Structure. Head including eyes much wider than long. Eye large; EL = 0.26–0.27 mm, strongly convex, mesally weakly emarginate. Clypeus transverse with anterior and posterior margins truncate; labrum anteriorly produced as a narrow lobe. Mandible long and fragile, not opposable, basally wide and suddenly narrowed toward bluntly pointed apex. Ocelli small, ca. 0.08 mm in maximum diameter; distance between posterior ocelli much greater than that between anterior and posterior ocelli. Antenna long; scape twice as long as pedicel and shorter than segment 3. Pronotum short; mesoscutum large, with weak notauli and sharp parapsidal lines; mesopleuron large, with a wide transverse furrow which is striate on the bottom; scutellum dorsally convex with an anterior transverse zone which is much lower than the main disc; axilla extensively concave; metanotum short. Propodeum rounded; dorsal, lateral and posterior faces not clearly differentiated. Petiole relatively low, in profile rather strongly narrowed above, seen from back almost as wide as high, with dorsal margin almost straight; subpetiolar process flat, with obtuse posterior tooth in profile. Sculpture. Head superficially micropunctate. Pronotum, mesoscutum, metanotum and metapleuron weakly sculptured; mesopleuron extensively smooth and strongly shiny; axilla coarsely rugose. Propodeum more strongly and densely sculptured, but on its posterior face sculpture somewhat weaker. Anterior and posterior faces of petiole densely and irregularly sculptured; posterior face very weakly sculptured and somewhat shiny. Gaster only superficially sculptured. Pilosity. Body covered with decumbent pubescence except for mesopleuron, and posterior faces of propodeum and petiole that are almost bare. Petiole extensively with dense obliquely standing short hairs on its anterior and lateral faces; subpetiolar process below with standing hairs. Outer margin of forewing and hindwing with dense short fringe. Coloration. Body brown to pale brown, with ivory white legs.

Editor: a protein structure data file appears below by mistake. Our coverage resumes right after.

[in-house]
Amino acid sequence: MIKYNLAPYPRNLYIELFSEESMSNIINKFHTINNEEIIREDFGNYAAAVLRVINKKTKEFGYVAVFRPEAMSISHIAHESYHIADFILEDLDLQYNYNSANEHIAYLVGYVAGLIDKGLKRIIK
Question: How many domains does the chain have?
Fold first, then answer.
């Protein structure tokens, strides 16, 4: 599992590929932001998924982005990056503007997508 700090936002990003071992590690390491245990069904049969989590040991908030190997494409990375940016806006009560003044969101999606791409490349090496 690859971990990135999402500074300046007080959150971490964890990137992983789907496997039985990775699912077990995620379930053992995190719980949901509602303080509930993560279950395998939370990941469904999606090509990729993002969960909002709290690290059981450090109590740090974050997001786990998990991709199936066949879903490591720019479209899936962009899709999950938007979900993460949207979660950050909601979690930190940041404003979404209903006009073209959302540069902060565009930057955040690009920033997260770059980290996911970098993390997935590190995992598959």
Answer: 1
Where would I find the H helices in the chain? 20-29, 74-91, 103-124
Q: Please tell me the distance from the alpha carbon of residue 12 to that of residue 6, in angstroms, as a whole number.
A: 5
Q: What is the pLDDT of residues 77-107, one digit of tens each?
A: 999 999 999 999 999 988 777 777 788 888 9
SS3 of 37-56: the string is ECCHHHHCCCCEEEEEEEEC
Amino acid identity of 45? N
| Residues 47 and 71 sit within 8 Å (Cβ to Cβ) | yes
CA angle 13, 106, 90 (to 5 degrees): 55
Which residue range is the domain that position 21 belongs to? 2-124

Type Material

Holotype: worker, JAPAN, Okayama Prefecture, Okayama, Mt. Handayama, 34°41’47”N, 133°55’32”E, 22 m, 5 vi 2007, (coll. T. Yashiro). Paratypes: 3 queens and 8 workers from the same locality, 5 vi 2007, (coll. T. Yashiro); 3 males and 7 workers, JAPAN, Okayama Prefecture, Wake, Mt. Tenjinyama, 34°50’56”N, 134°07’47”E, 206 m, 4 vii 2008, (coll. T. Yashiro).

The holotype (NSMT-I-Hym 51990) is deposited in the National Museum of Nature and Science, Tokyo. Paratypes are deposited in the National Museum of Nature and Science, Tokyo, Japan; the Osaka Museum of Natural History, Osaka, Japan; the Museo Civico di Storia Naturale “Giacomo Doria”, Genova, Italy; the Natural History Museum, London, England; and the Museum of Comparative Zoology, Harvard University, Cambridge, USA.


This species is named in honor of Professor Emeritus Fusao Nakasuji, a notable Japanese entomologist and an authority on integrated pest management, who supervised the undergraduate and master's theses of one of the authors (Toshihisa Yashiro) at Okayama University.


References based on Global Ant Biodiversity Informatics